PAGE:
updated 08:25 am EST, Tue February 7, 2012
Acer thinks CEO violated non-compete clause
Acer was reported Tuesday as having sued its ousted former CEO Gianfranco Lanci. The Taiwan PC builder claimed in an Italian court that Lanci broke a non-compete clause by signing with Lenovo and working for a direct rival. Neither Lanci nor Lenovo had responded to the accusations.
Non-compete clauses are frequent for higher-profile employees at technology firms, although they're not always enforceable depending on the country or even the individual state or province. Lanci is likely to contend that the clause wasn't necessarily valid or was unfair.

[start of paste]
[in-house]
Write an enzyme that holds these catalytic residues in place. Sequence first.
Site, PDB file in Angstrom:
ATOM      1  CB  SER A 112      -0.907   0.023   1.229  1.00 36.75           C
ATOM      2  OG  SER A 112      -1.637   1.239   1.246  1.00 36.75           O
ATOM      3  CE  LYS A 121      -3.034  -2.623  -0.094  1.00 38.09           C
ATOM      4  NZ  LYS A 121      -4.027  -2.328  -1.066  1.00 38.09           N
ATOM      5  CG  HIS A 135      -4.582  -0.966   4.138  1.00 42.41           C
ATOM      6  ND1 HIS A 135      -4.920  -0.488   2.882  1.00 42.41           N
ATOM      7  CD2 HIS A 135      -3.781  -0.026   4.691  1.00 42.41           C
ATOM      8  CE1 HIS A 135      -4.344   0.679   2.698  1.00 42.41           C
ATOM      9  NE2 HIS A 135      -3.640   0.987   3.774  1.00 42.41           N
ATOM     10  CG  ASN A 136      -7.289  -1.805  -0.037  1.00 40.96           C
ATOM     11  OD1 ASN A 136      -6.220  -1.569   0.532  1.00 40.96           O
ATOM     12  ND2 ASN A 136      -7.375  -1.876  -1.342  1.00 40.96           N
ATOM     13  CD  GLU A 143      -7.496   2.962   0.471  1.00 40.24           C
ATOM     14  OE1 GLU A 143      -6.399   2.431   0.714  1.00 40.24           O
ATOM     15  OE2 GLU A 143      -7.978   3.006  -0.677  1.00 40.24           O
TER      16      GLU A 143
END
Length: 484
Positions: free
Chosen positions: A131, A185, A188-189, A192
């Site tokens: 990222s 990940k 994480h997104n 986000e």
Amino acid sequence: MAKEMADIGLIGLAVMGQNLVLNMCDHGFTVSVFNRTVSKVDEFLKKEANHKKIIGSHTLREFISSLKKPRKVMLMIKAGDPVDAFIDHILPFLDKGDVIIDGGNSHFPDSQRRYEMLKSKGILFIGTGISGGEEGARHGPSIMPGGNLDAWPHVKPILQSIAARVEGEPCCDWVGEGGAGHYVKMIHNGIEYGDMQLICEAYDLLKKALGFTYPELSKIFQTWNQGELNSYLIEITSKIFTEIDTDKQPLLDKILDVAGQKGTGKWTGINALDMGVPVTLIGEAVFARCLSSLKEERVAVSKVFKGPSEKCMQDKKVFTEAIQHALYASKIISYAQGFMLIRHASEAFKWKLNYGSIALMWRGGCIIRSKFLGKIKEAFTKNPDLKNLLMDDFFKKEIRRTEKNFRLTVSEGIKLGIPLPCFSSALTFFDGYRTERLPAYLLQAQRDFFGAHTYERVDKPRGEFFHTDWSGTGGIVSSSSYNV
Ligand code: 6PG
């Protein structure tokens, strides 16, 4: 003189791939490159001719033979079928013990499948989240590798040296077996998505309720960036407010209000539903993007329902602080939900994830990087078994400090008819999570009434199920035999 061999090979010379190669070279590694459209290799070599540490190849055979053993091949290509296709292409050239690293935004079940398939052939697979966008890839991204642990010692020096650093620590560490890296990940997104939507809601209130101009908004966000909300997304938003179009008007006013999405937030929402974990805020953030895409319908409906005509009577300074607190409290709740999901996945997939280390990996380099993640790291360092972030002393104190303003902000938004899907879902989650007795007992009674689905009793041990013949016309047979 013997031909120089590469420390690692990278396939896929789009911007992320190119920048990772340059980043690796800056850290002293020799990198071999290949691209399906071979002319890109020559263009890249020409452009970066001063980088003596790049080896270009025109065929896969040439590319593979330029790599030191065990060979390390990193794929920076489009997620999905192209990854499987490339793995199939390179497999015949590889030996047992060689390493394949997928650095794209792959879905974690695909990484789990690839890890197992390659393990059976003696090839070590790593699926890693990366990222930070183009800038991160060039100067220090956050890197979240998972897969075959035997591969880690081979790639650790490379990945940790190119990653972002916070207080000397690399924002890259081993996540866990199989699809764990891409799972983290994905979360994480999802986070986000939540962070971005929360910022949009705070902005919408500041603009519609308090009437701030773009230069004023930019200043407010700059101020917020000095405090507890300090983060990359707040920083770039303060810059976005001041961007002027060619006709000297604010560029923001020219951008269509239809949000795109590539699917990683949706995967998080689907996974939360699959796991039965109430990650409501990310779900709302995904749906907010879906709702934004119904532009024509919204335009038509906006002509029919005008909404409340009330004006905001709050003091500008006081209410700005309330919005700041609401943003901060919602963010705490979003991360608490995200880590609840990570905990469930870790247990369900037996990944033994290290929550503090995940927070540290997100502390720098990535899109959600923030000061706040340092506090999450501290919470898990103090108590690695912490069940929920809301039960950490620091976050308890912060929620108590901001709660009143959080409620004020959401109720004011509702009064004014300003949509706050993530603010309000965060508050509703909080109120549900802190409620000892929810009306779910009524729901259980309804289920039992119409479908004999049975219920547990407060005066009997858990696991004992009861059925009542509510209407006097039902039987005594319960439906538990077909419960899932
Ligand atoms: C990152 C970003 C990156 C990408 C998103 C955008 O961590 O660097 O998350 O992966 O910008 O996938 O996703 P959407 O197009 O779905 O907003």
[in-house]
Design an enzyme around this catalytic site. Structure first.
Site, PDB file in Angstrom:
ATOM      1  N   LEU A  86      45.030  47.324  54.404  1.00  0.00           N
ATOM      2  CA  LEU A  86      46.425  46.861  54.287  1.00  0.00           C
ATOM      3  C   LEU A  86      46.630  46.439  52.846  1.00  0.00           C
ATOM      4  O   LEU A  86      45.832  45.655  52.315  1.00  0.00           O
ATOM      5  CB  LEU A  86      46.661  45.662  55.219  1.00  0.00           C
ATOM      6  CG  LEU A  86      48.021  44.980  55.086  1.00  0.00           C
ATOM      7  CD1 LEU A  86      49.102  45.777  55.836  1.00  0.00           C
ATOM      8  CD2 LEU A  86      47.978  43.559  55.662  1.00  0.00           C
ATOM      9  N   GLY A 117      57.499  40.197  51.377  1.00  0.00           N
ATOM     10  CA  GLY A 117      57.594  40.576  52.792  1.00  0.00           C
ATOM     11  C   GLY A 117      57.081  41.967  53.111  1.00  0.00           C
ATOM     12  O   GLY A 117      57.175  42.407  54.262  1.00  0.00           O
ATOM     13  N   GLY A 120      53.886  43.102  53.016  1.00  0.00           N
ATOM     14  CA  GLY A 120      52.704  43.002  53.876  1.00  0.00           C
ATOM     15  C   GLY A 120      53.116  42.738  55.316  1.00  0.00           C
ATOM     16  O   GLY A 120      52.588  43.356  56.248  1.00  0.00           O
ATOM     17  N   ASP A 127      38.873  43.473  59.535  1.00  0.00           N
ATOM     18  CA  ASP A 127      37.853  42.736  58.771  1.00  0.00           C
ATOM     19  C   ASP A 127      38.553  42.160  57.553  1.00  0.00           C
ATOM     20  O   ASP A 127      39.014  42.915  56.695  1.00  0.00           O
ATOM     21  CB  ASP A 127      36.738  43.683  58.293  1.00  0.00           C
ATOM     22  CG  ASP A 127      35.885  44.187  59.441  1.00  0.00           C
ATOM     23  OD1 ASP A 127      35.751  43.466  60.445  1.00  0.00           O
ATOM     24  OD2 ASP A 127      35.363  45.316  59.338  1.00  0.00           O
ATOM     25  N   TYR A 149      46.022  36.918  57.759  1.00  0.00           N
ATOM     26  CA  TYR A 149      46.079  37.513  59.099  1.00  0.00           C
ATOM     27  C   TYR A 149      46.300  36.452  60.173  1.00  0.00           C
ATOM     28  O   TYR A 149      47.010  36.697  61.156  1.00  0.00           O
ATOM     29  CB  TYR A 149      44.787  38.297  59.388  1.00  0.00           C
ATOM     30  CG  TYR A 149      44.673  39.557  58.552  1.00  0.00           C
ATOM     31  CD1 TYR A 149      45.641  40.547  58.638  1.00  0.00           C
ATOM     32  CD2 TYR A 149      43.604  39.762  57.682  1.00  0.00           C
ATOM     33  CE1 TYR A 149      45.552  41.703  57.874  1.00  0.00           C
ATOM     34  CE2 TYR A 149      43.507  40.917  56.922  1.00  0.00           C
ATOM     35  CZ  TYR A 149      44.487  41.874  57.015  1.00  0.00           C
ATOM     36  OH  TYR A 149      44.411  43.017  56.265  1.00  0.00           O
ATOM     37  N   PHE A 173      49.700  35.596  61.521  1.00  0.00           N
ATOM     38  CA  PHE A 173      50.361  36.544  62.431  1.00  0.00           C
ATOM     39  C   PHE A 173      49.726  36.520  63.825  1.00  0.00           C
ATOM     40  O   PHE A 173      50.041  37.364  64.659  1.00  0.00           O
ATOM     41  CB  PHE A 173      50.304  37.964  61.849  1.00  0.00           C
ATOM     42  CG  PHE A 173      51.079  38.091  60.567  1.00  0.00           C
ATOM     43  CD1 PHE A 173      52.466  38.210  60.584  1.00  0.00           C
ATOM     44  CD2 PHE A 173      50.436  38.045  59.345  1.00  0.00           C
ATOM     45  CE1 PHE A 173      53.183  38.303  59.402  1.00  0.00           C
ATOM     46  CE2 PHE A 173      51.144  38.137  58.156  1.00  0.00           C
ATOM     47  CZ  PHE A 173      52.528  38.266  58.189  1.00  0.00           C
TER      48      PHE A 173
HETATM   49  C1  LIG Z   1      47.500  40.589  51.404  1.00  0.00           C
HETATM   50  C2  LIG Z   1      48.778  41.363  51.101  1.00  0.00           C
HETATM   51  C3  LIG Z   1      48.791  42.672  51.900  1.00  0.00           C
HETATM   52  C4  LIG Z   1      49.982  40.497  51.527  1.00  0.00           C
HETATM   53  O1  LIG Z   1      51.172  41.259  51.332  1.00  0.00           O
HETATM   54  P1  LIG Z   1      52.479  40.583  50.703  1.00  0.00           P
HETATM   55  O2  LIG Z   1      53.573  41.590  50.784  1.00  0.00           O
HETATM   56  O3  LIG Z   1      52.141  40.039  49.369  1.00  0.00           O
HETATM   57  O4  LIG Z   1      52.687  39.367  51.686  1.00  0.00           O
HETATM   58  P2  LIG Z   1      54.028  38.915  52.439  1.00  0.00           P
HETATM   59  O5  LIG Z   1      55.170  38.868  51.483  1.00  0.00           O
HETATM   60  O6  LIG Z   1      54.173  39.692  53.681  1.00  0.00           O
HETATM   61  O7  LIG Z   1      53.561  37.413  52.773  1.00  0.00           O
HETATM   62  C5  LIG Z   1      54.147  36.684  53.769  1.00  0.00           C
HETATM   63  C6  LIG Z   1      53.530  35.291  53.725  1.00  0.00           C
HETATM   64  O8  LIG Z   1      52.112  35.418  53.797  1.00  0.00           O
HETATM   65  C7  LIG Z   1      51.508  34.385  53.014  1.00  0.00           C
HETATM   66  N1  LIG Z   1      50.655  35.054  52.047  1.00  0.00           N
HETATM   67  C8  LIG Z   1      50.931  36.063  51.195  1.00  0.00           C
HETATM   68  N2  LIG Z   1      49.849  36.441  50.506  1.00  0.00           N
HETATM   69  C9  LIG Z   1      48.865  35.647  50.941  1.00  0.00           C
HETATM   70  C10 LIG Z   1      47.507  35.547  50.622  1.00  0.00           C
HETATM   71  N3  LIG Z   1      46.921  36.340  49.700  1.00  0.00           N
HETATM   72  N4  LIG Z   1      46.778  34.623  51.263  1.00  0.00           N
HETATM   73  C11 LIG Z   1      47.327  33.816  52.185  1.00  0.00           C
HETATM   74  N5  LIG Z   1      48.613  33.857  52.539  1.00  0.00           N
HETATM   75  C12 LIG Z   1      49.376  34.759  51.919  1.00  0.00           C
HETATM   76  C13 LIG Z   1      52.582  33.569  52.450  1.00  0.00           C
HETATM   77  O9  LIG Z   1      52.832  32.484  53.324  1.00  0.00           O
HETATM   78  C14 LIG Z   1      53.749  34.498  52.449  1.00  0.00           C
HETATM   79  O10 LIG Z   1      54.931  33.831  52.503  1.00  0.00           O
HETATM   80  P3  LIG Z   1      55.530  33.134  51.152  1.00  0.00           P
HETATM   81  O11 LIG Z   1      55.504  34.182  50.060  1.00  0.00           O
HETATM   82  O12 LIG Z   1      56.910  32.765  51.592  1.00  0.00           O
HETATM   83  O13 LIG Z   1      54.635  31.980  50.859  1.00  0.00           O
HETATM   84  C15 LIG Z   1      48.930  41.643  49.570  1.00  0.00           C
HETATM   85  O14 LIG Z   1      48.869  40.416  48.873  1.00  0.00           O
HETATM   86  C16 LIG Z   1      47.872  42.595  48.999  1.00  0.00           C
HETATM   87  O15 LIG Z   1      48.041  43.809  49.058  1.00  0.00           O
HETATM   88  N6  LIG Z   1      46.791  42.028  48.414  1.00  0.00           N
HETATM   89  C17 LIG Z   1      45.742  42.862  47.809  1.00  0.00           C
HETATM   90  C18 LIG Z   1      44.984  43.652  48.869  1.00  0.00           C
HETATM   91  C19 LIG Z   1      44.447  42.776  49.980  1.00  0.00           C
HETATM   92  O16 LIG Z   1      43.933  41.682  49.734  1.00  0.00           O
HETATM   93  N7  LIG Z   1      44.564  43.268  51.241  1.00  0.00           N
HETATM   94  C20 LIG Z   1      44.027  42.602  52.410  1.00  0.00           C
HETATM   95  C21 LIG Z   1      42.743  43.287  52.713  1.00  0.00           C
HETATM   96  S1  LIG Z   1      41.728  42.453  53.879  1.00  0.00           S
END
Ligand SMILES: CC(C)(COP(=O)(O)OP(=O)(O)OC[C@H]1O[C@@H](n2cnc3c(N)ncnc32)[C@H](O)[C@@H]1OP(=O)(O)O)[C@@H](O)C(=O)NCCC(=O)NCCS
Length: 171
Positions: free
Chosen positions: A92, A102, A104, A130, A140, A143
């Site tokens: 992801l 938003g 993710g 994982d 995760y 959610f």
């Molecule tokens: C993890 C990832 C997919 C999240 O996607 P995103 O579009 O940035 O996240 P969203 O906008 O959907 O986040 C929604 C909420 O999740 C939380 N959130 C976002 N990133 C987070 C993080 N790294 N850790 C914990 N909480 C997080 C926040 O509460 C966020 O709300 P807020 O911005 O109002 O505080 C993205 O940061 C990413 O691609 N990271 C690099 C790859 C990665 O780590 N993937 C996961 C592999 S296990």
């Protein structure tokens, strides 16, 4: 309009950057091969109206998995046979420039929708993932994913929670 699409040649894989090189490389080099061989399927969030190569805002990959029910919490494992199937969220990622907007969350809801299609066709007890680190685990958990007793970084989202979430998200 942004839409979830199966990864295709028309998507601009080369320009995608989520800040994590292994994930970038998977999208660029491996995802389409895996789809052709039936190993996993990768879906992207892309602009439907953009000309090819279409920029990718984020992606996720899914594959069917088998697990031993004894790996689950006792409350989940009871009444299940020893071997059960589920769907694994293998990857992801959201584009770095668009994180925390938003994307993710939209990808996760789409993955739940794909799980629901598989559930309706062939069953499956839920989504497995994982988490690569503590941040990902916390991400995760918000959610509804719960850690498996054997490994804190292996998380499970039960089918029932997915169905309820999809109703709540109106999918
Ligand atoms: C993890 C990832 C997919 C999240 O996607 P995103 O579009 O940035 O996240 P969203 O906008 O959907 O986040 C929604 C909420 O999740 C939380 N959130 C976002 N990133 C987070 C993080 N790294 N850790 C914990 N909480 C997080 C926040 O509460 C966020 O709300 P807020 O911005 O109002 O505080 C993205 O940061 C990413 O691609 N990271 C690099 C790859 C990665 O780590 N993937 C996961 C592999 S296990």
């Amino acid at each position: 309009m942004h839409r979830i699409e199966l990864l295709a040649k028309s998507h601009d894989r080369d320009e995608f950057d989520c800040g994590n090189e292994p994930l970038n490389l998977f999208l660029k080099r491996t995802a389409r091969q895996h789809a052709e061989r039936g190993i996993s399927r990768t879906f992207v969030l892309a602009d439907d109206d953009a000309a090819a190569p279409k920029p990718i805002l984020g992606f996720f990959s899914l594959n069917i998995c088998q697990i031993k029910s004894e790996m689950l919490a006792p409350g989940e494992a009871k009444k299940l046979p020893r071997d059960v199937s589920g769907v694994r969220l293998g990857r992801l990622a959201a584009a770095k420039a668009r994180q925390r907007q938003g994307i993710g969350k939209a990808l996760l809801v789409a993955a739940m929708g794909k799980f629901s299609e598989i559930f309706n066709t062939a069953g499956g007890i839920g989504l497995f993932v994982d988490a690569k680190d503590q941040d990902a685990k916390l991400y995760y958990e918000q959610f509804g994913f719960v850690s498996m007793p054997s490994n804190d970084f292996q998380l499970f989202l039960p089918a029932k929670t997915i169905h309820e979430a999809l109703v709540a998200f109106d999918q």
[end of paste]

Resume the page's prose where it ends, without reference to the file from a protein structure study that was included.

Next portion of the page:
The CEO was forced out in March of last year for what other executives saw at the time as a failure to deal with the iPad, as the company kept to its longstanding emphases on cheap notebooks and netbooks, both of which were eroded by Apple. Lanci had countered that he wanted to counter Apple but had been curbed by nationalism that prevented him from getting the non-Taiwanese teams he needed to improve Acer's prospects.
Acer has since put much more focus on tablets and has moved away from entry-level notebooks to ultrabooks and other, more valuable PCs.